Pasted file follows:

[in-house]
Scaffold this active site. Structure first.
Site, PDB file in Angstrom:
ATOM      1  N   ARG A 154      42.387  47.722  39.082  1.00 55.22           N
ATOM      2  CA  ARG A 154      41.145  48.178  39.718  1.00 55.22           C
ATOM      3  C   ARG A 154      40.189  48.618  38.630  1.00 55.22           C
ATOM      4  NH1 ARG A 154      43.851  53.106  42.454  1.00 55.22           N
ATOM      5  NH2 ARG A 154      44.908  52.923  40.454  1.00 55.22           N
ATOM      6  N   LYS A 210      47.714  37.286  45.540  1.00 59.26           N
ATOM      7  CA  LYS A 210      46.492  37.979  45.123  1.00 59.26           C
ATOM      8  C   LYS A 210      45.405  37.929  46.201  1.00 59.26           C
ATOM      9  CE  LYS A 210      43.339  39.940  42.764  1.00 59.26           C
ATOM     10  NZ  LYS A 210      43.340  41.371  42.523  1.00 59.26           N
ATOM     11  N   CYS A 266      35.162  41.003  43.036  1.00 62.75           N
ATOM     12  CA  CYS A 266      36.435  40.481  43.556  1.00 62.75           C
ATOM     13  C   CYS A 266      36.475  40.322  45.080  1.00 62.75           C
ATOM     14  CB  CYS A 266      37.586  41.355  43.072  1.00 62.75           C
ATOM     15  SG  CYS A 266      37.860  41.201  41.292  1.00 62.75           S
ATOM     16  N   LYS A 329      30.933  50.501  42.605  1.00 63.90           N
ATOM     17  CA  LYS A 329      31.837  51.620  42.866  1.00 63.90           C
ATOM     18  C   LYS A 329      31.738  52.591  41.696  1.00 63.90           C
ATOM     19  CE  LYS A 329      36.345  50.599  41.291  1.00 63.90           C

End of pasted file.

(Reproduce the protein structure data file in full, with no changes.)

[in-house]
Scaffold this active site. Structure first.
Site, PDB file in Angstrom:
ATOM      1  N   ARG A 154      42.387  47.722  39.082  1.00 55.22           N
ATOM      2  CA  ARG A 154      41.145  48.178  39.718  1.00 55.22           C
ATOM      3  C   ARG A 154      40.189  48.618  38.630  1.00 55.22           C
ATOM      4  NH1 ARG A 154      43.851  53.106  42.454  1.00 55.22           N
ATOM      5  NH2 ARG A 154      44.908  52.923  40.454  1.00 55.22           N
ATOM      6  N   LYS A 210      47.714  37.286  45.540  1.00 59.26           N
ATOM      7  CA  LYS A 210      46.492  37.979  45.123  1.00 59.26           C
ATOM      8  C   LYS A 210      45.405  37.929  46.201  1.00 59.26           C
ATOM      9  CE  LYS A 210      43.339  39.940  42.764  1.00 59.26           C
ATOM     10  NZ  LYS A 210      43.340  41.371  42.523  1.00 59.26           N
ATOM     11  N   CYS A 266      35.162  41.003  43.036  1.00 62.75           N
ATOM     12  CA  CYS A 266      36.435  40.481  43.556  1.00 62.75           C
ATOM     13  C   CYS A 266      36.475  40.322  45.080  1.00 62.75           C
ATOM     14  CB  CYS A 266      37.586  41.355  43.072  1.00 62.75           C
ATOM     15  SG  CYS A 266      37.860  41.201  41.292  1.00 62.75           S
ATOM     16  N   LYS A 329      30.933  50.501  42.605  1.00 63.90           N
ATOM     17  CA  LYS A 329      31.837  51.620  42.866  1.00 63.90           C
ATOM     18  C   LYS A 329      31.738  52.591  41.696  1.00 63.90           C
ATOM     19  CE  LYS A 329      36.345  50.599  41.291  1.00 63.90           C